• IGT blamed low profit margins on product mix and lower conversion/parts revenue.  There is some operating leverage so fewer units do not help margins.  It’s no secret that IGT had been offering their customers various discount packages that included free upgrades and conversion kits over the last year or so. While some of that shows up as lower pricing/discounts in the quarter, as one of our clients pointed out, some of it shows up as forgone conversion kits/upgrade revenues in future quarters as clients exercise their free options rather than making new purchases.
  • Gaming operations revenues:
    • Gaming operations revenue was a little lower than we estimated due to lower yield per day but IGT also blamed product mix.  We expected a little more 'juice' from the install base growth, organic and acquired growth in interactive, and higher MegaJackpots yields. It appears that the YoY yield growth trends that we've seen over the last 3 quarters 'decelerated' this quarter.
  • SG&A was a lot higher than we expected – especially given the lack of top line production.  Some of that was blamed on the Entraction acquisition (which apparently didn’t bring much revenue).  However, the high SG&A was offset by lower R&D and D&A.  We’re not sure if that’s a good thing though.
  • Since IGT likes to point out cash flow metrics, here are a few of our observations:
    • On a 4% decline in revenues YoY, cash flow from operations declined 37% or $38MM\
    • Inventory build only accounted for $8MM of the decline
    • Cash flow before financing activities/buybacks/dividends declined 64% YoY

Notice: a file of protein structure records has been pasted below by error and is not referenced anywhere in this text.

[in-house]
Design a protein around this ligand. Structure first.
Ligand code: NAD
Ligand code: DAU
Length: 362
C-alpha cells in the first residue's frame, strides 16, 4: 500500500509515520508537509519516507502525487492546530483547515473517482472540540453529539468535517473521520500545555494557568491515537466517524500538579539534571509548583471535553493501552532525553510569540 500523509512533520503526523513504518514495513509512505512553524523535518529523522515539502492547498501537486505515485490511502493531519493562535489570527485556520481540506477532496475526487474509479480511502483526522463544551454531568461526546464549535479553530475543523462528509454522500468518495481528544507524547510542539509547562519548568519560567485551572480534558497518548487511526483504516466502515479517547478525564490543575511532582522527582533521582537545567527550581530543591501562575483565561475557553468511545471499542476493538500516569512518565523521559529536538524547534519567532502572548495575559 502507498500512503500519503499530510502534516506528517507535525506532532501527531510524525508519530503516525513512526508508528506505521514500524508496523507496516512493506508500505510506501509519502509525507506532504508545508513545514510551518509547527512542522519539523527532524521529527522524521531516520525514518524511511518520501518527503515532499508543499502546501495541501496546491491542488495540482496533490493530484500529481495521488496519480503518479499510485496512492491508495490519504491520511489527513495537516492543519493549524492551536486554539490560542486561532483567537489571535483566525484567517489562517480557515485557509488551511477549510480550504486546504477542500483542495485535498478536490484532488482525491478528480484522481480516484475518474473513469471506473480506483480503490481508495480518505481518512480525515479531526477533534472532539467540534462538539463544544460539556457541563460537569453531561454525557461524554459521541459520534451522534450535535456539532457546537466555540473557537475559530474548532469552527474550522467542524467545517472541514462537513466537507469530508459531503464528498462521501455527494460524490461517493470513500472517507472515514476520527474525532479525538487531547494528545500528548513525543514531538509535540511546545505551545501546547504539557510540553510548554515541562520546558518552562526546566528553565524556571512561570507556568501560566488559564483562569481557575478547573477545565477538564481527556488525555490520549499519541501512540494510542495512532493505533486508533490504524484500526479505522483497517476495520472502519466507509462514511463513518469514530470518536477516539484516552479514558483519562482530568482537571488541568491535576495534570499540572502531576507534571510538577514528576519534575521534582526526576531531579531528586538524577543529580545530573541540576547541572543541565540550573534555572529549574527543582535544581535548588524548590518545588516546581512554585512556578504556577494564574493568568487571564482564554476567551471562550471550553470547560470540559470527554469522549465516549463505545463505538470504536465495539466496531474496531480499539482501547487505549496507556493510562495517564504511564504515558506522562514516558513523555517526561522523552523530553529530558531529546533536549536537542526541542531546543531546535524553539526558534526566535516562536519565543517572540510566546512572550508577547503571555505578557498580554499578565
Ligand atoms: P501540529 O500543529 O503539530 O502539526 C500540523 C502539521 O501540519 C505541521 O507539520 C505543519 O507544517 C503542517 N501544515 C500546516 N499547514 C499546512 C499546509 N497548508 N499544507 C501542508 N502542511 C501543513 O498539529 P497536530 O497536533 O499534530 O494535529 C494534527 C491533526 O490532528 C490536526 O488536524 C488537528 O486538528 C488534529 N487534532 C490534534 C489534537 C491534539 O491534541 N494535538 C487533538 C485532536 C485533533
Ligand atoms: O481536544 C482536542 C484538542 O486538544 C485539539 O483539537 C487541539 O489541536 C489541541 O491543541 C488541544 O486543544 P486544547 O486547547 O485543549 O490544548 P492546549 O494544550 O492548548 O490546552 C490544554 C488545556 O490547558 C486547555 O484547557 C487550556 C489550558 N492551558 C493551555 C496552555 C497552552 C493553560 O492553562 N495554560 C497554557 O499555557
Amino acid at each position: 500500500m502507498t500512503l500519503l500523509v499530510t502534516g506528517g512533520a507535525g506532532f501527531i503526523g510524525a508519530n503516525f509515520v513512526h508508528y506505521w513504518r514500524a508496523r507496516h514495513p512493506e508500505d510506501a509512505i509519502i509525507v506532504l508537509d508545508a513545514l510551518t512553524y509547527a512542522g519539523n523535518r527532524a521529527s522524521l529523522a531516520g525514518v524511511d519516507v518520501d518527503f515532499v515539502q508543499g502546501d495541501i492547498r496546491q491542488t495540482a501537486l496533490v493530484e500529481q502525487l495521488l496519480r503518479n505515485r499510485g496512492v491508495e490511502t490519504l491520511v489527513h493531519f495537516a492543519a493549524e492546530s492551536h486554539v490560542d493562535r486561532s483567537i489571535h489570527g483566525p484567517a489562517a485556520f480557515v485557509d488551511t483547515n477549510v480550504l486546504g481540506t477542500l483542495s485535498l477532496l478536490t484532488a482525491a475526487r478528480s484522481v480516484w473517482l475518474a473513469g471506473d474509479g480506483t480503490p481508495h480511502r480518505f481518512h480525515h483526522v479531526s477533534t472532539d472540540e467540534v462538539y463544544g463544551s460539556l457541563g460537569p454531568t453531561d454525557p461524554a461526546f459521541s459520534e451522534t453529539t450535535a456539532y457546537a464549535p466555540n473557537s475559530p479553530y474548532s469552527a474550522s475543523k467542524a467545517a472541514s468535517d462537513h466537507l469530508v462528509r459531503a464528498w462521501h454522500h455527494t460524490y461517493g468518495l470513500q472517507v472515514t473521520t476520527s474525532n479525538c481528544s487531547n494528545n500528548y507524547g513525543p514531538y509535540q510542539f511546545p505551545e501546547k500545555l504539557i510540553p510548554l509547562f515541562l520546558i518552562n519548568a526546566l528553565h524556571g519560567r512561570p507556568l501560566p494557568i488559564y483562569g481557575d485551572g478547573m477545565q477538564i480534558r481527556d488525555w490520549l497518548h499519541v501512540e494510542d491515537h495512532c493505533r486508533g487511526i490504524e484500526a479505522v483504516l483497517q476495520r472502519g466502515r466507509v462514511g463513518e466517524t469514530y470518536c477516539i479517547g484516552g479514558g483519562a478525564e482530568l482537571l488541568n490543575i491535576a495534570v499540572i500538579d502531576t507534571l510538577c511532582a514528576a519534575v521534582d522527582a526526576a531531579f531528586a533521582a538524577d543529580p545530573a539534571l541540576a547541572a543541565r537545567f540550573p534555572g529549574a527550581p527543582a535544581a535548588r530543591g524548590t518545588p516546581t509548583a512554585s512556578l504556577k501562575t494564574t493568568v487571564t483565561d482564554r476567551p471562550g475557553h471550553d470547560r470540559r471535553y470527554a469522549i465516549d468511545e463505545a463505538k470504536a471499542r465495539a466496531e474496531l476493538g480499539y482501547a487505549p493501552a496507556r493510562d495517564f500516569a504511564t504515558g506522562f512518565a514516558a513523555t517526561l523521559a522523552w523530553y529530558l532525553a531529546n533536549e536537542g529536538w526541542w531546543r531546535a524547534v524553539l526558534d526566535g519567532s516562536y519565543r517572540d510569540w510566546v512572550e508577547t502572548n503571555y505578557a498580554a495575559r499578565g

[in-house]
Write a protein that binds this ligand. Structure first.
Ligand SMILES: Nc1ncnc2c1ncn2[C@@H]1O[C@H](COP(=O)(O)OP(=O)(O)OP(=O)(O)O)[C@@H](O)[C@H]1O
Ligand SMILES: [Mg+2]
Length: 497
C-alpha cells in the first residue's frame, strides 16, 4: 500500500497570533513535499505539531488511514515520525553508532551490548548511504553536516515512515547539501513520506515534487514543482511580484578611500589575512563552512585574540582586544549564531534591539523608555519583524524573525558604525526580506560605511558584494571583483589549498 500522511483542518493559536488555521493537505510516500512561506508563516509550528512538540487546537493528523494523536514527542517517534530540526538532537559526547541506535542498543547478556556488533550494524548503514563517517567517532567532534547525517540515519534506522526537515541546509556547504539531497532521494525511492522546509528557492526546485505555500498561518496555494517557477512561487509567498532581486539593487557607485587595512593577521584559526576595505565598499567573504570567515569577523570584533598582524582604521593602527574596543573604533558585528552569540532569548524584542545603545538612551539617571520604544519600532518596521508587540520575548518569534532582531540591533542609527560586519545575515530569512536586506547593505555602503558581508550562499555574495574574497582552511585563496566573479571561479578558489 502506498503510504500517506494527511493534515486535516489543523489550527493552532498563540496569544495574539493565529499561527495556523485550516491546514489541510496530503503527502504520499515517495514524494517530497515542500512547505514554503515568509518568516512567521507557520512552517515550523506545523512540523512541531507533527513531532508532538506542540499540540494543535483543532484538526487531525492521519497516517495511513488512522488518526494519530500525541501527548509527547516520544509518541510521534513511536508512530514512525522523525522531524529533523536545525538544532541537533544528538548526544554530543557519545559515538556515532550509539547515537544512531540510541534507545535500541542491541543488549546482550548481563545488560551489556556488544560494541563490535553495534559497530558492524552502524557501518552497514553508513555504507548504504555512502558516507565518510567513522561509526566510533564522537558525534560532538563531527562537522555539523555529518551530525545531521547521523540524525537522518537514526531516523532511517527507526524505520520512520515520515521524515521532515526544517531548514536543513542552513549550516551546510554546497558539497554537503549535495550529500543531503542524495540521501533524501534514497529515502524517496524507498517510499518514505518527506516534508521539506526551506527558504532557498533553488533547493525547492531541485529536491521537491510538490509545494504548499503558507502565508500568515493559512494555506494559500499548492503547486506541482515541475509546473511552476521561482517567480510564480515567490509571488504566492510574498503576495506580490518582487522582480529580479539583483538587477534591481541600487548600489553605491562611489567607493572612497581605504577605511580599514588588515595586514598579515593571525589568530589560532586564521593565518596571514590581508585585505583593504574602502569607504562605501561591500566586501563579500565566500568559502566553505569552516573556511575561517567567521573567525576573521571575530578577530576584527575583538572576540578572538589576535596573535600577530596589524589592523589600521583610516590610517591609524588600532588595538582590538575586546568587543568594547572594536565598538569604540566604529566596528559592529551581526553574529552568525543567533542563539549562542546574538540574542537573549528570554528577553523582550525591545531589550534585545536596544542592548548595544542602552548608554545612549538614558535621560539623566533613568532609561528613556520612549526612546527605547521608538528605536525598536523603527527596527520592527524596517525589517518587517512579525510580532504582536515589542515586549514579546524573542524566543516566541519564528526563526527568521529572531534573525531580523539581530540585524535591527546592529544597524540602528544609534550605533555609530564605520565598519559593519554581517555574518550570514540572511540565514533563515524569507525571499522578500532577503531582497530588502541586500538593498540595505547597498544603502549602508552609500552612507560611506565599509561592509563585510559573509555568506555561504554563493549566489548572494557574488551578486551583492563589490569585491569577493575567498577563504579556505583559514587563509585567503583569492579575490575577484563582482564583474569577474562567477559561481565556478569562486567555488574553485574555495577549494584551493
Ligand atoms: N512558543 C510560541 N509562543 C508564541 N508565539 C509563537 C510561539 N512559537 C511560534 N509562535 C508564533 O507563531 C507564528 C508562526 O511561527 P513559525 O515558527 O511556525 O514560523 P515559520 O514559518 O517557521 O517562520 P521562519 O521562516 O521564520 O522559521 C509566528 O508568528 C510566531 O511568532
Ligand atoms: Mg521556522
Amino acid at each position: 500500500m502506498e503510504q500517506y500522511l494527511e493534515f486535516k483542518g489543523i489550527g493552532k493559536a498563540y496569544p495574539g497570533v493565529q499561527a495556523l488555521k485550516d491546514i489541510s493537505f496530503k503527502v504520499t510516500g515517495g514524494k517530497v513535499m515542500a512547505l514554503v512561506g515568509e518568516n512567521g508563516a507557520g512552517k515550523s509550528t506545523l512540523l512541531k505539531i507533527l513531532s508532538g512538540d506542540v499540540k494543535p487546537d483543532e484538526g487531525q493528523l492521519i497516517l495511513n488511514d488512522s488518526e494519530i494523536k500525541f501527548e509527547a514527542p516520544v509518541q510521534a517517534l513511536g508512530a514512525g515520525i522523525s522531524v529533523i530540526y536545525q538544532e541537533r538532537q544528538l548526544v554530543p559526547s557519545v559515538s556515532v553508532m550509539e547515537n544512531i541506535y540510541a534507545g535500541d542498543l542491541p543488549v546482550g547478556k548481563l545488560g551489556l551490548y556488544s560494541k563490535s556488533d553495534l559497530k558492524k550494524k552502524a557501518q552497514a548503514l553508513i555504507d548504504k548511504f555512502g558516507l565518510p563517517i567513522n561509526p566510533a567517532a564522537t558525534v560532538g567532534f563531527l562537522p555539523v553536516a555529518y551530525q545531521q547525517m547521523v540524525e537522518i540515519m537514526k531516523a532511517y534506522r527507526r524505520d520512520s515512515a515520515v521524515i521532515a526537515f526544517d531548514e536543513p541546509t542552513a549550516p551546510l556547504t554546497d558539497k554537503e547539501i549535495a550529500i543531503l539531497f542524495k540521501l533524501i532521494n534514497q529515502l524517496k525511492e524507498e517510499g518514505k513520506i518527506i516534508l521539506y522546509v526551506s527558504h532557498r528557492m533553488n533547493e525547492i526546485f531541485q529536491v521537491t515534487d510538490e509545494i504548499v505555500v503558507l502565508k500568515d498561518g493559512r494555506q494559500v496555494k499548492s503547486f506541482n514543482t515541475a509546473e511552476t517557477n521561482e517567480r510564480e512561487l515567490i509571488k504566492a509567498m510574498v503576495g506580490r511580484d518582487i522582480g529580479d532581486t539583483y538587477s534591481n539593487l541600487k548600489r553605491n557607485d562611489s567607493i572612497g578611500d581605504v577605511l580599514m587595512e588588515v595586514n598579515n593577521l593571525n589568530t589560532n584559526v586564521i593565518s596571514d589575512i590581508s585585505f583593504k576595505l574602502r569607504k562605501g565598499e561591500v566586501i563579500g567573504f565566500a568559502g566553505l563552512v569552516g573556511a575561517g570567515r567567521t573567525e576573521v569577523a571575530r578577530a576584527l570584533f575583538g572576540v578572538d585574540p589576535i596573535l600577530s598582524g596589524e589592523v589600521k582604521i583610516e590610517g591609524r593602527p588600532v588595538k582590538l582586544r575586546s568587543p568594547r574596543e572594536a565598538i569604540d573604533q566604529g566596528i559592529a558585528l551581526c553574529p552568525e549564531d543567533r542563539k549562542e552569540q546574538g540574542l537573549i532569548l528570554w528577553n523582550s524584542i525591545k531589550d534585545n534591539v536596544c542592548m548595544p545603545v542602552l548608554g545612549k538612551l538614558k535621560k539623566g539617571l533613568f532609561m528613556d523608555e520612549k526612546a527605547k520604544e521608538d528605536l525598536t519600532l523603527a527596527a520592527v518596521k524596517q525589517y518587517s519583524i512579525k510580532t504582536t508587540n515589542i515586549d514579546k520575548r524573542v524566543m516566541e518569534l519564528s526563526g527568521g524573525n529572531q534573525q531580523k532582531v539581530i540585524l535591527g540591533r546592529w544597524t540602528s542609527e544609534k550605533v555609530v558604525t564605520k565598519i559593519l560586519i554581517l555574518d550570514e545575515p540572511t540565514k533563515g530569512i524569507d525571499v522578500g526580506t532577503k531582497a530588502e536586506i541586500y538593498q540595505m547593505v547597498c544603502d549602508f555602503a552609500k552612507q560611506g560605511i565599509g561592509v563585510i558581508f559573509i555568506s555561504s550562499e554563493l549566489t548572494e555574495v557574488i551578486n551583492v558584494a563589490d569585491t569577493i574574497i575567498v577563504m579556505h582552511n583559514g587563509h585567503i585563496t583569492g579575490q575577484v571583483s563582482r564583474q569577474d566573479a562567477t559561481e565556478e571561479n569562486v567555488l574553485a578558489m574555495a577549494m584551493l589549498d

The Better

  • ASPs were much higher both domestically and internationally.  It’s possible that discounting slowed this quarter in NA.  International price lift was attributed to a decrease of lower-priced shipments to Mexico.
  • Gaming operations margins were better than we expected.  Some of this is mix related but who really knows since the disclosure is terrible. 

Other stuff


We won’t harp on this point too much since IGT will be providing better disclosure next quarter, however, we must point out that average revenue per unit in gaming operations is becoming an irrelevant disclosure.  According to IGT, the numerator in this calculation includes a small but rapidly growing amount of revenues from the interactive division which have nothing do to with the install base.  The average revenue per unit that IGT provides for product sales is also a completely worthless metric since the numerator includes systems sales, parts, used units sales (including trade-ins) and systems revenue which also have nothing to do with the number of units sold in the quarter.  

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Comments from CEO Keith McCullough


Chasing fire engines in Europe is over. Back to capitalizing on a process that absorbs globally interconnected risk:


  1. JAPAN – been a while since Japan was #1 in my morning macro grind, but this country’s failed Keynesian Experiment doesn’t cease to exist – the Yen getting spanked this morning after the Japanese announced they’ll miss both their topline (growth) and bottom line (budget) goals, again. Don’t forget Japan has to roll over 31.2% of its sov debt in 2012. That’s a lot of yens (231T).
  2. GREECE – the Athex Index is down -2.6% to 724 after going parabolic to the upside for the YTD. What’s next? News-flow is setting this up for central planners to come say they saved the day again – we’re all saved if this thing just goes away – funny how the dudes in Davos said Greece was a “one-off” just about now at this time LY. Greece’s TREND line = 709 on the Athex, watching that.
  3. GOLD – both Gold and Silver backing off at their intermediate-term TREND lines of $1688 and $32.69 resistance this morning. We’re short Silver as of Friday’s rip and looking to get back on the short side of Gold (and Gold related stocks). The critical signal in our model is a breakout in 10yr UST yield > 2.03% (TREND line). Gold has to compete w/ absolute levels of “risk-free” yield.


SP500’s immediate-term range = 1. Managing gross and net exposure to Global Equities w/ that in mind.





THE HBM: MCD, EAT, CAKE - subsector fbr





MCD: McDonald’s reported 4Q11 EPS of $1.33 versus consensus of $1.29.  December comps came in strong, at +9.8%, +10.8%, and +6.5% for the U.S., Europe, and APMEA, respectively.






THE HBM: MCD, EAT, CAKE - mcd apmea dec